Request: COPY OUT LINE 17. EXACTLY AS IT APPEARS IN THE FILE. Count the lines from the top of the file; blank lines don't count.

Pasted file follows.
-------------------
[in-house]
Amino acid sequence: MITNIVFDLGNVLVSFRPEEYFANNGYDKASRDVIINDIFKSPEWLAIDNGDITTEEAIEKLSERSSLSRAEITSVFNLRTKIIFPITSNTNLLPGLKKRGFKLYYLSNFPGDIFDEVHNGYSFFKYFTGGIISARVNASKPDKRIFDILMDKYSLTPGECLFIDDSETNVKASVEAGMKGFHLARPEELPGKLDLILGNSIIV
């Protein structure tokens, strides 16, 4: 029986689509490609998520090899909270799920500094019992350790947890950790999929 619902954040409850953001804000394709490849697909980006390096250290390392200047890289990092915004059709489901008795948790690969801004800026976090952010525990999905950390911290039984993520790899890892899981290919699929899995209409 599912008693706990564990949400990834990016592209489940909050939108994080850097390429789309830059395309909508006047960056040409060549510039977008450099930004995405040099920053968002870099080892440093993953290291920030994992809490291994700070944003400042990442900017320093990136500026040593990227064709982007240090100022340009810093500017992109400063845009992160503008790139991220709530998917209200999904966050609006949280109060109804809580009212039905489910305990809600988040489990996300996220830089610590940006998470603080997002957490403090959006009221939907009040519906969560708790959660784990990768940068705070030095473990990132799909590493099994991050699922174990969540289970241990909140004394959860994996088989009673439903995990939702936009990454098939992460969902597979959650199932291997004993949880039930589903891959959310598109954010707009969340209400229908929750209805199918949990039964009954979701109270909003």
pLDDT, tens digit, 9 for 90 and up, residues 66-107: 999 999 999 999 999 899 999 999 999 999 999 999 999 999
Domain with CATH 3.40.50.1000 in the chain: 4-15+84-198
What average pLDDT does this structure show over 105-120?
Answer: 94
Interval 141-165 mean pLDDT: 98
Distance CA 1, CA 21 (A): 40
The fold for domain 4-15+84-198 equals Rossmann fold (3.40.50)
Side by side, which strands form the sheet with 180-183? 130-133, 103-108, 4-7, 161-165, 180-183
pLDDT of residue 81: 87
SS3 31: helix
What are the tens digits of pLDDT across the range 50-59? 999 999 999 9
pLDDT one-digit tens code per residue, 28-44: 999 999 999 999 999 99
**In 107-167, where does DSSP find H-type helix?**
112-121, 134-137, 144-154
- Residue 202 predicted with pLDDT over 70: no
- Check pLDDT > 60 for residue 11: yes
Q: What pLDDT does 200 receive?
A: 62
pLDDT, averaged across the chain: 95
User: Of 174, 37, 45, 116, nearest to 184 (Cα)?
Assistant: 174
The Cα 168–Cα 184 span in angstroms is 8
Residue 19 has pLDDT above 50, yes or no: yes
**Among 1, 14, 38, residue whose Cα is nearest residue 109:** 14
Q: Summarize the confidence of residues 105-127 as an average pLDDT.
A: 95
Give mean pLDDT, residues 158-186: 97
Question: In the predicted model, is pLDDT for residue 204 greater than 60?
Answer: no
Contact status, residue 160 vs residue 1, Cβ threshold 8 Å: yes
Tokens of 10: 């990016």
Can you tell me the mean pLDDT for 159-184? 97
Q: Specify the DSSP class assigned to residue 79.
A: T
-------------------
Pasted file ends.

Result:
112-121, 134-137, 144-154